Wasps are insects that belong to the order Hymenoptera.
There are over 120,000 species of wasps.
Wasps live all around the world and are found in nearly every country.
The largest social wasp is the Asian giant hornet [photo below], at up to 5 centimeters (2.0 in) in length; among the largest solitary wasps is a group of species known as tarantula hawks also up to 5 cm (2.0 in) long, along with the giant scoliid of Indonesia which have a wingspan of 11.5 cm (4.5 in).
The smallest wasps are solitary chalcid wasps in the family Mymaridae, including the world’s smallest known insect, with a body length of only 0.139 mm (0.0055 in), and the smallest known flying insect, only 0.15 mm (0.0059 in) long.
Wasps have biting mouthparts and antennae with 12 or 13 segments. They are normally winged. In stinging species, only the females are provided with a formidable sting, which involves use of a modified ovipositor (egg-laying structure) for piercing and venom-producing glands.
They come in every color imaginable, from yellow to black, metallic blue and green and bright red and orange.
Some wasp species are similar to bees. They are distinguishable from bees by their pointed lower
abdomens and narrow “waist,” a petiole, that separates the abdomen from the thorax. They also have little to no hair on their bodies (as opposed to bees) and don’t play much of a role in the pollination of plants. Their legs are shiny, slender, and shaped like cylinders.
The various species of wasps fall into one of two main categories: solitary wasps and social wasps. Adult solitary wasps live and operate alone, and most do not construct colonies. All adult solitary wasps are fertile. By contrast, social wasps exist in colonies numbering up to several thousand individuals. In social wasp colonies there are three castes: the egg-laying queens (one or more per colony), the workers, or sexually undeveloped females, and the drones, or males.
Social wasps account for only about a thousand species and include commonly known colony-builders, like yellow jackets and hornets.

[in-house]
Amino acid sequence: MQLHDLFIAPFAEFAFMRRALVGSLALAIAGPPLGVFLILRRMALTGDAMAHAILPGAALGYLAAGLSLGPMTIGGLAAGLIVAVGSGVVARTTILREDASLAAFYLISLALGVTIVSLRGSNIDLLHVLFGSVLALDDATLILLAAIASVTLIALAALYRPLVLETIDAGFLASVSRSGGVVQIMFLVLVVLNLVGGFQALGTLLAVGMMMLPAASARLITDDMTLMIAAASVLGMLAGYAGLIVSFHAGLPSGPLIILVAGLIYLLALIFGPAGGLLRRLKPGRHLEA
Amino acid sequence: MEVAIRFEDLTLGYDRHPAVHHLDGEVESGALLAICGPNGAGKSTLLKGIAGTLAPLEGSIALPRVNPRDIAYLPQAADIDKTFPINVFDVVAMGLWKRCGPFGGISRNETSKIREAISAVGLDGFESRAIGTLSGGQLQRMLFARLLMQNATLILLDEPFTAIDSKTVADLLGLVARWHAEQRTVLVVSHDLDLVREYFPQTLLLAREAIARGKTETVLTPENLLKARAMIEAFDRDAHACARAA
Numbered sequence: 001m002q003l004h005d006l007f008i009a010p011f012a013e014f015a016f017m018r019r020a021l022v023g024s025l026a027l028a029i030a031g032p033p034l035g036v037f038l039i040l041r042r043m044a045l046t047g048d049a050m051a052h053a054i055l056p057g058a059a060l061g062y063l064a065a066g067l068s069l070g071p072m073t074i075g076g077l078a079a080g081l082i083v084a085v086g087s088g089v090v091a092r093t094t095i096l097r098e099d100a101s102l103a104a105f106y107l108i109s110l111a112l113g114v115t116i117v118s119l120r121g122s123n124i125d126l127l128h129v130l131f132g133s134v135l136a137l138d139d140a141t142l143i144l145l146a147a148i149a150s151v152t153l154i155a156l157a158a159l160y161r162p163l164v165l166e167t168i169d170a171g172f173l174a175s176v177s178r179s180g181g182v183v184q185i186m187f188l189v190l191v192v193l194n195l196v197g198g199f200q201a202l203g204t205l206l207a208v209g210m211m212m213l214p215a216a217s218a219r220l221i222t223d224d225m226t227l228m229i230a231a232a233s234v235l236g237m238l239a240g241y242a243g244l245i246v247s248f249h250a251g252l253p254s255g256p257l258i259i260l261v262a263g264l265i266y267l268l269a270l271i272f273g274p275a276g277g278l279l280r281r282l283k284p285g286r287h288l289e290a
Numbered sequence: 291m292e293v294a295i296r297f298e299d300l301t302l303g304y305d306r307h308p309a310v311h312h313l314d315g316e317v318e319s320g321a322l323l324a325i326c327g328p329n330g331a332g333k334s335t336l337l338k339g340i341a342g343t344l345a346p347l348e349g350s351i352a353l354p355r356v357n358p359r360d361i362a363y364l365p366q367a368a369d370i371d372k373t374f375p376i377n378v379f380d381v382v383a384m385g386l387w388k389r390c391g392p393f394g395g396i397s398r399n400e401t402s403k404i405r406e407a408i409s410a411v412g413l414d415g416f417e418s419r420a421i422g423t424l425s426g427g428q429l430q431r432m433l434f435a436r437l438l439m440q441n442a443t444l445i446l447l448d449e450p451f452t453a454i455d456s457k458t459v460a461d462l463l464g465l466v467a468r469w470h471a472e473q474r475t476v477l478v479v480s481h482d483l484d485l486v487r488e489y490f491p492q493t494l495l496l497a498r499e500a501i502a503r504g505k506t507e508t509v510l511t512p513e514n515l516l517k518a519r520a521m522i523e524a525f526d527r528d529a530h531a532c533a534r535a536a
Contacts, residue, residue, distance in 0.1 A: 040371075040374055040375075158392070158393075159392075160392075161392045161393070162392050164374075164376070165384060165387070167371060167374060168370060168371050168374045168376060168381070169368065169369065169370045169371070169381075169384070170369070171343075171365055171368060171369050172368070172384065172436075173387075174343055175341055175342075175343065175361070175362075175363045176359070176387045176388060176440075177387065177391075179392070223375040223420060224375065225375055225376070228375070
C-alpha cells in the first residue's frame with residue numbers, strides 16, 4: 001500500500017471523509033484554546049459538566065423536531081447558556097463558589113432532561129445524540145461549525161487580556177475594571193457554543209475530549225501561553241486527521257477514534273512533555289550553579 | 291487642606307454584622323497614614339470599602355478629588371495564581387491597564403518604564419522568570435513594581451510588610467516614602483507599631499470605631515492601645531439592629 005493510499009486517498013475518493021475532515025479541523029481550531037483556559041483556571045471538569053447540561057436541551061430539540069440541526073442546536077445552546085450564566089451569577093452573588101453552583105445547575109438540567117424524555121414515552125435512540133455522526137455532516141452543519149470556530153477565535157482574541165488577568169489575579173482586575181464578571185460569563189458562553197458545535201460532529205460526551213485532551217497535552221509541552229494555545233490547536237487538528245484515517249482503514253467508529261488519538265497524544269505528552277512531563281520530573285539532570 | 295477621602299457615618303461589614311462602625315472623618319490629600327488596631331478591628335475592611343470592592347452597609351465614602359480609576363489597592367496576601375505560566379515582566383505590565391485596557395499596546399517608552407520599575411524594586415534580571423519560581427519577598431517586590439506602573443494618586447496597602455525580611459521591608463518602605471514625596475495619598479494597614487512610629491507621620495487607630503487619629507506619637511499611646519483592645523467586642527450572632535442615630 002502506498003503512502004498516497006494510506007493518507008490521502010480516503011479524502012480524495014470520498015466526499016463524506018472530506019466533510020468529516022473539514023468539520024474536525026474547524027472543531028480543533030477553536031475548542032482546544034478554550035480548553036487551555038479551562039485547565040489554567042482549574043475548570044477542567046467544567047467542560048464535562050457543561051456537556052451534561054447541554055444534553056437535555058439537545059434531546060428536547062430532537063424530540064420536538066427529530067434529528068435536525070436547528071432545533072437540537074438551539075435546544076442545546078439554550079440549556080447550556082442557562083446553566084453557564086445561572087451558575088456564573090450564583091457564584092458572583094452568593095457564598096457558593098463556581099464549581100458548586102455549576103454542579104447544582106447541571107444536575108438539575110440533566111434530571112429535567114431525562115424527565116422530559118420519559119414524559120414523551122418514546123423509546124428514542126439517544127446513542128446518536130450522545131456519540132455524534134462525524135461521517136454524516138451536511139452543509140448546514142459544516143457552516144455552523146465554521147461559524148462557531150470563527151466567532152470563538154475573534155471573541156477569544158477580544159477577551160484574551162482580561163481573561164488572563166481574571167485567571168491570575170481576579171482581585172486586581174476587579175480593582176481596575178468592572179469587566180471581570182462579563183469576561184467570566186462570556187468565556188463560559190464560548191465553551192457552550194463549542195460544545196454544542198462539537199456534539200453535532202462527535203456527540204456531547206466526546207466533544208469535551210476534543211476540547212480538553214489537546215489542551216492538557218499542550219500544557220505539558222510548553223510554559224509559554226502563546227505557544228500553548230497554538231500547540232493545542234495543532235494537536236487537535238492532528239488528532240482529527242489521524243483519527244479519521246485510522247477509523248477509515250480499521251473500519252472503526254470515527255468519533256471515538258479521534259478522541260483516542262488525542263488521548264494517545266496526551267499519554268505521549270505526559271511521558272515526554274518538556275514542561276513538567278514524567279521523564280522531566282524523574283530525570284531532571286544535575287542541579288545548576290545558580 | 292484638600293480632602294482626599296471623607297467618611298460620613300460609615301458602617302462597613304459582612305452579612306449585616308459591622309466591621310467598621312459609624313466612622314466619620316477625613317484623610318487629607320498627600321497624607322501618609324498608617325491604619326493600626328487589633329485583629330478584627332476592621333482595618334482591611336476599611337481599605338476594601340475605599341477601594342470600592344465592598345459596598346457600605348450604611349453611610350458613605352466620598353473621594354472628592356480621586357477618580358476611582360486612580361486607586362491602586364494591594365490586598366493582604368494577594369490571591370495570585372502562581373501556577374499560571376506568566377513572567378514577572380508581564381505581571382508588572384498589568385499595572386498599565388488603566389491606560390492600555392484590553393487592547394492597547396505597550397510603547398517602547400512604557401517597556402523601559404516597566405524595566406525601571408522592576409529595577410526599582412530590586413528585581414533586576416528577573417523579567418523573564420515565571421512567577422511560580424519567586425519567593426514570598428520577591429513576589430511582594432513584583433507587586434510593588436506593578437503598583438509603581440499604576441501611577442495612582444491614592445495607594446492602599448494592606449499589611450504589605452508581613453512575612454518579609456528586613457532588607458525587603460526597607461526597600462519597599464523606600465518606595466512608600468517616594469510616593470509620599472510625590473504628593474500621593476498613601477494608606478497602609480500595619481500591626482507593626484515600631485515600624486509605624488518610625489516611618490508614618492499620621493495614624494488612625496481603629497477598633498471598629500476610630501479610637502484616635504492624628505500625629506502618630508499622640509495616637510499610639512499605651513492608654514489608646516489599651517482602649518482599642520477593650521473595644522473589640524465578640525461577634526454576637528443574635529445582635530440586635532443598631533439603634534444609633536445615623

All wasps that are not parasitic build nests. The vast majority of solitary wasps make their nest in the ground. Social wasps create their familiar papery nests from wood fibers scraped with their hard mandibles and chewed into a pulp.
By far the greater number of wasps (over 100,000 species) are a special type of parasite. They are parasitoids which lay their eggs in or on the caterpillars of other insect species. Unlike true parasites, the wasp larvae eventually kill their hosts.
All wasps go through complete metamorphosis. From the egg a larva hatches out. It looks a lot like a short fat white worm, but has a distinct head, and may have six small jointed legs. The larva grows
and molts (sheds its whole skin) several times before transforming into a pupa. This resting stage has
some of the body parts of an adult, but it can’t move or feed. Inside, it is transforming into an
adult. Eventually an adult emerges from its pupal skin.
Most wasps live less than one year, some workers for just a few months. Queens several live for several years.
A wasps’ diet varies amongst species, generally speaking a wasps larvae will almost always get its first meal from within a host insect. Adult solitary wasps mainly feed on nectar, but the majority of their time is taken up by foraging for food for their carnivorous young, mostly insects or spiders. Some social wasps are omnivores, eating both plants and other animals. They often eat fruit, nectar and carrion such as dead insects.
Social wasps use chemicals to identify nest-mates and send warnings and other information. Parasitic
wasps sometimes leave scent marks on the host insects to tell any other parasitic wasps that they’ve
already laid eggs there.
Unlike bees, female wasps have the ability to sting a target multiple times because their stinger does not fall off after use.
Social wasps use their stingers only for defense, stinging solitary wasps rely on their venom to hunt.
While wasp stings deter many potential predators, bee-eaters specialise in eating stinging insects, making aerial sallies from a perch to catch them, and removing the venom from the stinger by repeatedly brushing the prey firmly against a hard object, such as a twig.
Almost every insect pest species has at least one wasp species that preys upon it or parasitizes it. This makes wasps critically important in the natural control of pest numbers. Parasitic wasps are increasingly used in agricultural pest control as they themselves do little or no damage to crops. Farmers buy these parasitic wasps for insect control in their fields.
While the vast majority of wasps play no role in pollination, a few species can effectively transport pollen and pollinate several plant species. For example fig wasps are the only pollinators of nearly 1000 species of figs.
Polistes fuscatus recognize individuals by their unique facial patterns. This is the first time that scientists have discovered this humanlike ability in an insect.
Wasps have been modelled in jewellery since at least the nineteenth century, when diamond and emerald wasp brooches were made in gold and silver settings.
A fashion for wasp waisted female silhouettes with sharply cinched waistlines emphasizing the wearer’s hips and bust arose repeatedly in the nineteenth and twentieth centuries.
Vespa scooters are named after wasps — vespa means “wasp” in Italian.
The name “Wasp” has been used for many warships and other military equipment.